If we suppose James sent his epistle, quite literally, to the twelve tribes dispersed, then the audience was Jewish but not christian, and this would explain lots of things very nicely. This would explain why James identifies himself as "a servant of the Lord Jesus Christ" but says nothing about the cross, the resurrection, or the holy spirit. It would also provide nuance to 2:1, which may thus be translated, "My brothers, do not with partiality regard the faith of our Lord Jesus Christ of glory." That is, the possessive sense of "exw" (have, hold) does not necessarily imply that James' addressees are themselves personal holders of faith in Christ. Rather, if we remember the addressees are in fact Jewish synagogue members, we should understand they are obviously not christians. Therefore, the essential meaning must be, "do not discriminate against the faith of our Lord". Note also the "hmwv" (our) applies to James and his fellow believers in Christ. There is no indication here that "hmwv" here is meant to include the letter's recipients. This reading also helps explain why 2:2 talks about people walking into their "synagogue".

If we read the entire epistle this way, a lot of reasonable connotations begin to present themselves. The notorious contradiction of Paul, for example, cannot be read as a direct refutation aimed at Paul's churches; rather, it is a corrective reassurance being offered to a general public who has probably heard negative reports about Paul's libertarian message. (Whether James would have offered the same words to Paul - in rebuke of Paul, deliberately in Paul's own terms - is a separate discussion.) More mundanely, the passages about wealth and poverty can be read as alluding to James' own economic dilemma, that the christian-Jews in Jerusalem had become poor due to various prejudices against them in the wake of Jesus' and Stephen's deaths. More generally, passages about wealth and poverty - like other passages in James that echo the words of Jesus in the Gospels - would seem more naturally addressed to a strictly Jewish audience, like those to whom Jesus had preached.

To the initial point raised above, this reading would certainly explain why James does not mention gentiles. 

If James' purpose was to improve public relations, then it behoved him to demonstrate that the Jews who followed Jesus were indeed good Jews who had not forsaken Moses, but still cared about purity and observing the law. To this end, the letter acknowledges the author's group affiliation in 1:1 and makes a brief appeal for non-discrimination in 2:1, but otherwise keeps to a litany of exhortations which ostensibly represent an appropriately Jewish message, roughly along the lines of Jesus' (by now famous) preaching in Galilee and Judea. James' primary goal is to elevate the status of Jewish-christians in the eyes of Synagogue members everywhere.

If he tried to do that, while talking about gentiles, it would simply run the risk of spoiling everything.

Note well: I am not saying it *would* have spoiled James' plan. I am not saying James expected that it definitely would have hampered his goal. What I am saying is that James had to anticipate the likelihood of it being a risk. Thus, even assuming James did have a desire to mention positive things about gentile christians (and I say that despite my own hunch that he probably didn't), there would still be a much greater need to avoid saying such things. Especially if rumors were already flying around about Paul's message, after Galatians.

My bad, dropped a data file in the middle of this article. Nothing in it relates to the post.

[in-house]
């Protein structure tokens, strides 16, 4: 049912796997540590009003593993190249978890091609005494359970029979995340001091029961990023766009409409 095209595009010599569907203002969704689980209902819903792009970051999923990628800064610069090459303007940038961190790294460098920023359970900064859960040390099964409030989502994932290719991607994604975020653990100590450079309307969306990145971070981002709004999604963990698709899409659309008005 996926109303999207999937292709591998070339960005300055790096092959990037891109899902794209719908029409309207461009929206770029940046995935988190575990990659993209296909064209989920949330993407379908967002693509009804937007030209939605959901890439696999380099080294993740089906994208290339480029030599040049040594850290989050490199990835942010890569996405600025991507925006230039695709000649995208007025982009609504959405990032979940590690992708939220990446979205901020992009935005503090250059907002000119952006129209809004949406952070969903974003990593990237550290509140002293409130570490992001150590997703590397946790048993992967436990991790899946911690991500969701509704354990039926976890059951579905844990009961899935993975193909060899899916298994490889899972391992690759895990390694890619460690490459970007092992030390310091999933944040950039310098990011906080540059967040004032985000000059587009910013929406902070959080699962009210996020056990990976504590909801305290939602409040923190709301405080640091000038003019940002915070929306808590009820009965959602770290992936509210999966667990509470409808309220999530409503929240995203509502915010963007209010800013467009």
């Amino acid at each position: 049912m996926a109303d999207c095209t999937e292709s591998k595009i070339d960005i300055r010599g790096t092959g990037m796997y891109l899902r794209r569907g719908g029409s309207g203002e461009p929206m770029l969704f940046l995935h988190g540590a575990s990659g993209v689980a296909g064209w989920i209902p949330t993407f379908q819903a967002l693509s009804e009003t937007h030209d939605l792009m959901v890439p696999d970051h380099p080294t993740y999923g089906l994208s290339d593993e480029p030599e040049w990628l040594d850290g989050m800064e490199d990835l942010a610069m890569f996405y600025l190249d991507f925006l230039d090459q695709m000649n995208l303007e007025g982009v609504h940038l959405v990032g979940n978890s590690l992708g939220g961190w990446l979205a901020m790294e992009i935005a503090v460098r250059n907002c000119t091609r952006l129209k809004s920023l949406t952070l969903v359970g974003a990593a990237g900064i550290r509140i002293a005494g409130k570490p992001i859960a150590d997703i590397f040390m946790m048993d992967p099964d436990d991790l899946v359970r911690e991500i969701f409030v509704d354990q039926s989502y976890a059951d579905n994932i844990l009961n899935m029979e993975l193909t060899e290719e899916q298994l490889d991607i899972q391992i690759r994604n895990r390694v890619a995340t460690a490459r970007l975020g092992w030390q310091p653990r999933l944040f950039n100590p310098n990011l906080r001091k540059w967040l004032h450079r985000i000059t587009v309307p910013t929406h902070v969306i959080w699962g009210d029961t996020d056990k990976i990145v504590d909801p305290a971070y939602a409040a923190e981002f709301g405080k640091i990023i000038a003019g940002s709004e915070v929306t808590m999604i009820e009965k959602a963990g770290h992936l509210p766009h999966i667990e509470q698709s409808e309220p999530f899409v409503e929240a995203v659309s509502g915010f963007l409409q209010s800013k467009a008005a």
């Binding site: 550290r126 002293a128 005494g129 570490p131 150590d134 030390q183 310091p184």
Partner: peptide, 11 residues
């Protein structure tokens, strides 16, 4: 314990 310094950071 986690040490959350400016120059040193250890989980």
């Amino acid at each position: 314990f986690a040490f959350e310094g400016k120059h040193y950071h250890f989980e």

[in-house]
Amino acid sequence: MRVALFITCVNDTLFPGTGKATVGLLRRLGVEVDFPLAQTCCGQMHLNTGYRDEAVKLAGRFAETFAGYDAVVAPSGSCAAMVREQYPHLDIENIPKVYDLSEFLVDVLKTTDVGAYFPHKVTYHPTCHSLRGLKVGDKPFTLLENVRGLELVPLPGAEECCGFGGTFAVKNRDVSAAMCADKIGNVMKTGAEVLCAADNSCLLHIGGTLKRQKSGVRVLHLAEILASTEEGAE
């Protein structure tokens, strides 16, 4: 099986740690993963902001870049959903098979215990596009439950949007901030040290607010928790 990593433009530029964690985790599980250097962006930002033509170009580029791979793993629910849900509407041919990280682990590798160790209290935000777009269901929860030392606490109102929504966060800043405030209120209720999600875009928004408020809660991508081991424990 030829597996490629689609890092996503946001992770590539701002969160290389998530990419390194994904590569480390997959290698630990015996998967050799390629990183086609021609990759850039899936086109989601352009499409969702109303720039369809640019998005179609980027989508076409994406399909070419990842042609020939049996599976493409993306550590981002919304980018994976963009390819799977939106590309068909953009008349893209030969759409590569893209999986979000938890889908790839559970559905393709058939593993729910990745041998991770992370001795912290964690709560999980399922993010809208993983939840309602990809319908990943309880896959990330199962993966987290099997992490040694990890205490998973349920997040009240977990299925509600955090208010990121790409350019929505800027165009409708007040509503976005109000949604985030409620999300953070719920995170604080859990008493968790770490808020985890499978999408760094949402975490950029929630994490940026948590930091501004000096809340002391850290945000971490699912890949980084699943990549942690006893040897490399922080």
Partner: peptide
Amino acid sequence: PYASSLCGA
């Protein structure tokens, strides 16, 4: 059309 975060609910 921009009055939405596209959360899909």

Finally, if someone wants to object that James should mention the controversy over circumcision when writing after the council, I would simply repeat all these points once again. There is no good reason to air out the gory details of internecine disputes during a public address aimed at improving opinions at large.

In summation, the primary argument for dating James before the council of Acts 15 is misguidedly dependent on a hermeneutically gerrymandered inference of a christian audience. However, if James' audience was Jewish synagogues, as I have argued, then the plausible risk of inflaming racial tensions - as illustrated by the underlying dynamic which atypically leads to violence in Luke 4:25-30 - explains why James does not mention gentile believers in his public relations project.

All of this, by the way, puts the letter more likely after Galatians than before it. But the date of Galatians would obviously be yet another discussion.

Anon, then...

August 20, 2016

Exegesis before Historicity

If you'd like to keep up with Christopher Skinner's serial review of Brant Pitre's Jesus and the Last Supper, here's a timeline to use as a checklist. I will update as possible. Skinner's reviews are appearing at Crux Sola with Pitre's responses posting at Jesus Blog. I've interjected myself with one post here so far. A lot of interesting stuff has been happening in the comments of all these posts, as well.

Aug. 12 - Pitre's Second Response
Aug. 12 - Heroman's Interjection
Aug. 13 - Skinner's Response to Pitre

This is a really important conversation, imho, partly because it's been so challenging - for Skinner and Pitre themselves, not to mention the rest of us - and partly because Historical Jesus studies are at a crossroads, and Pitre's new book offers a fascinating cross section of something old and something new.

We are patiently awaiting much more...

August 14, 2016

Narrative is Representation